That would be analytics, a concept that removes the human element of the game, that decisions can be made or at least strongly influenced by facts. That somehow launch angle and exit velocity off a batted ball mean something.

“Analytics has its place,” said Aurilia, a 2001 All-Star. “But the average fan does not know what WAR means or spin rate either. Shoot, I’m a fan of the game and I don’t know all of it.”

There’s another way to put it and I challenge anyone to come up with a better description of the time-deadening effect analytics is having on baseball.

“Why do you need five pitchers to get three hitters out in an inning?” Aurilia asked.

It’s paralysis by analysis and baseball always has tilted and been tempted by statistics defining players and situations like this one: What’s the hitter’s batting average with runners on second and third with two out on artificial turf in the Midwest when the air temperature is 90 degrees, and its 2 o’clock in the afternoon with three seagulls in the air?

“Exactly,” Aurilia said. “I’ve asked but no one has ever told me how to improve a spin rate (the ball’s rotation as it is delivered to home plate). I like to think of analytics as a fashion trend. It’ll come and it will go.”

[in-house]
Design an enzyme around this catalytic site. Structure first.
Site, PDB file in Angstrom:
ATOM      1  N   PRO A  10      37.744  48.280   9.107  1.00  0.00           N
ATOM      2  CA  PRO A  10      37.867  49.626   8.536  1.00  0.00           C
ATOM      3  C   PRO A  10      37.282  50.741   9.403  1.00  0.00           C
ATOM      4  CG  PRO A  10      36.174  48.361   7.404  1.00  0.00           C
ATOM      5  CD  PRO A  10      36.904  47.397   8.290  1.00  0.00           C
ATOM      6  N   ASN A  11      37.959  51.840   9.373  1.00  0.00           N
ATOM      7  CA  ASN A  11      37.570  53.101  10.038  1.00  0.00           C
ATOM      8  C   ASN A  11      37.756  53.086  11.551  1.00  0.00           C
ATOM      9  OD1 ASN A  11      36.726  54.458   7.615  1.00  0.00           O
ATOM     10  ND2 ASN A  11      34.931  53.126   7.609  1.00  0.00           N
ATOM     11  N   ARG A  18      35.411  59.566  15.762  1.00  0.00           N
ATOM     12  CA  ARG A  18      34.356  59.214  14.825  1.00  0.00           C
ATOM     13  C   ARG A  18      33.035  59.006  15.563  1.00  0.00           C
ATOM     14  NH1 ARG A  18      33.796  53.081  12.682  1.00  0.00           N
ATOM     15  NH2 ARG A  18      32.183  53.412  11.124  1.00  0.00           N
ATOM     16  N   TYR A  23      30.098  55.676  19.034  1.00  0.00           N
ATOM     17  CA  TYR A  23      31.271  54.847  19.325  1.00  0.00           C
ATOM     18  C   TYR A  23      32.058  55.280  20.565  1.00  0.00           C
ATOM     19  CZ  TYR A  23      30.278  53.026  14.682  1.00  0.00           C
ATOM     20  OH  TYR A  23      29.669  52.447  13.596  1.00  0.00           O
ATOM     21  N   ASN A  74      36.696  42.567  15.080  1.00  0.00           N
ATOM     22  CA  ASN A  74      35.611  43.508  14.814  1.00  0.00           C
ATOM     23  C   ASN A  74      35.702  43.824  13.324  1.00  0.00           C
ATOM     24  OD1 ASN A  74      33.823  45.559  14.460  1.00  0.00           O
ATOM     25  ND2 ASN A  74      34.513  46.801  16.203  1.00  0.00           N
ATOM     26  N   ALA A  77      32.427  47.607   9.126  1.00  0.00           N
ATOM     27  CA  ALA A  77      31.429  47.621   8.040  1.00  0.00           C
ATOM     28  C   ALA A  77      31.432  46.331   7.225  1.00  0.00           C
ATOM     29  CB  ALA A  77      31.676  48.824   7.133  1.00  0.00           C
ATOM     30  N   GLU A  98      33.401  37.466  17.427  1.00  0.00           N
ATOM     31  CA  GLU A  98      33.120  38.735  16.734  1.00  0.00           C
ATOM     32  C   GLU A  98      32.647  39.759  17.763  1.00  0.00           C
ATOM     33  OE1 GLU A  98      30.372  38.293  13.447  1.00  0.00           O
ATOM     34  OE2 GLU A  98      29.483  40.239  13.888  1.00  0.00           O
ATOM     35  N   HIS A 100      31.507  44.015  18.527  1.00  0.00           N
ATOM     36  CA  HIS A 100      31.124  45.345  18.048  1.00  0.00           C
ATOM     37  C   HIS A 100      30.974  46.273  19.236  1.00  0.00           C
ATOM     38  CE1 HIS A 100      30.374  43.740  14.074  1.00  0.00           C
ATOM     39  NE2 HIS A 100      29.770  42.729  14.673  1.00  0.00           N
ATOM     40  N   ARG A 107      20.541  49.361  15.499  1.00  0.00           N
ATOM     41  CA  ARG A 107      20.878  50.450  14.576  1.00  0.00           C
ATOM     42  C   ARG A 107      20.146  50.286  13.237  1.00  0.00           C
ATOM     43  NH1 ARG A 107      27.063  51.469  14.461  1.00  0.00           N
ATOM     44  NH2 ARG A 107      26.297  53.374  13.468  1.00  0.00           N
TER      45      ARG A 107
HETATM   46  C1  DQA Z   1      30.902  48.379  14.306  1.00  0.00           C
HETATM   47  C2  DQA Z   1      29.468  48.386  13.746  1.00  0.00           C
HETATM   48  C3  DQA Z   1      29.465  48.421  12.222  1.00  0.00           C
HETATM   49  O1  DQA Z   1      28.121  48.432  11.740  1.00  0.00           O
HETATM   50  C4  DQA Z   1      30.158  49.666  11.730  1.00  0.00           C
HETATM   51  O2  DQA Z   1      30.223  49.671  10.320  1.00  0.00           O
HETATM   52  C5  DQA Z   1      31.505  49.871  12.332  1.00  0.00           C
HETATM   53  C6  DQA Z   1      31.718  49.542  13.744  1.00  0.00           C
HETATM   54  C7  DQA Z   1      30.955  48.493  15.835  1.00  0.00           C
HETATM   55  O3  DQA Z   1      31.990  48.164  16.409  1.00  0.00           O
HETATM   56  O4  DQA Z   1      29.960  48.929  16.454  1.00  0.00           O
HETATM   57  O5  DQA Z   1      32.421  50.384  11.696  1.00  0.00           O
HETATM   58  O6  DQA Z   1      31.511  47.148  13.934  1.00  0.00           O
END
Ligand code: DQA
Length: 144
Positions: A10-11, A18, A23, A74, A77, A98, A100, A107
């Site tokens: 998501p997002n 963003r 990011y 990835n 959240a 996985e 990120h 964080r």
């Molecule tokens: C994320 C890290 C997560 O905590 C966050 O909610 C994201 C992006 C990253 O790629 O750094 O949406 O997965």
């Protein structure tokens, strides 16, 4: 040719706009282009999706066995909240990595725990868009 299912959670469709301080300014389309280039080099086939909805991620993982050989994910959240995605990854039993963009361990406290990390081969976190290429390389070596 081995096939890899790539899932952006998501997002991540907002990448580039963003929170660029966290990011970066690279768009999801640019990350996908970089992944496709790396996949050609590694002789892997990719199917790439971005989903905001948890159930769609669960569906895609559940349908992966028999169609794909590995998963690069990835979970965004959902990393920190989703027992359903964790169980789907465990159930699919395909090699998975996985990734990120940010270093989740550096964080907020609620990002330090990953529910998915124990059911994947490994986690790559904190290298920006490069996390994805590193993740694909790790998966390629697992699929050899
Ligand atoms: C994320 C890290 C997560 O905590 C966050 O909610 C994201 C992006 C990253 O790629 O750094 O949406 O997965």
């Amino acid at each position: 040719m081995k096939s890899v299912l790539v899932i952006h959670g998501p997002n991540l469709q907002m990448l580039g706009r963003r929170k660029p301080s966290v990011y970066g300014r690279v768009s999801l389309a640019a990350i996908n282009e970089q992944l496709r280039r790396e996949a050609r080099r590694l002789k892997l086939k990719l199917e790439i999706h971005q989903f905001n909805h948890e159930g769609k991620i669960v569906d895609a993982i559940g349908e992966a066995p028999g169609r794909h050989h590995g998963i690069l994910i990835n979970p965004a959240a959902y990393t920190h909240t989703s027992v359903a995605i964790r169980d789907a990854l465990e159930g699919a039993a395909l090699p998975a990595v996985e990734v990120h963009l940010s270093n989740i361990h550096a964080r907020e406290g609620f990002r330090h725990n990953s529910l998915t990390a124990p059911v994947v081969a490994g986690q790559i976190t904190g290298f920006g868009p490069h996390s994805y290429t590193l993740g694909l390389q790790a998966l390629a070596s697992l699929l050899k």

But while it is here …

“I admit I didn’t watch much of the postseason last year,” Aurilia said. “It took so long to make moves. It was too analytical. I really believe it’s one of the reasons Boch is retiring.”

Aurilia has tremendous respect for Bruce Bochy, in his final year as Giants manager. Aurilia said he learned the game from Bochy and Dusty Baker. He learned the game is determined by people in the dugout, not by a general manager sitting in front of his computer in his luxury box.

“Dusty and Boch would put in a right-handed pitcher against a left-handed batter because they knew the righty gets lefties out,” Aurilia said. “The game is as much a feel for a situation.”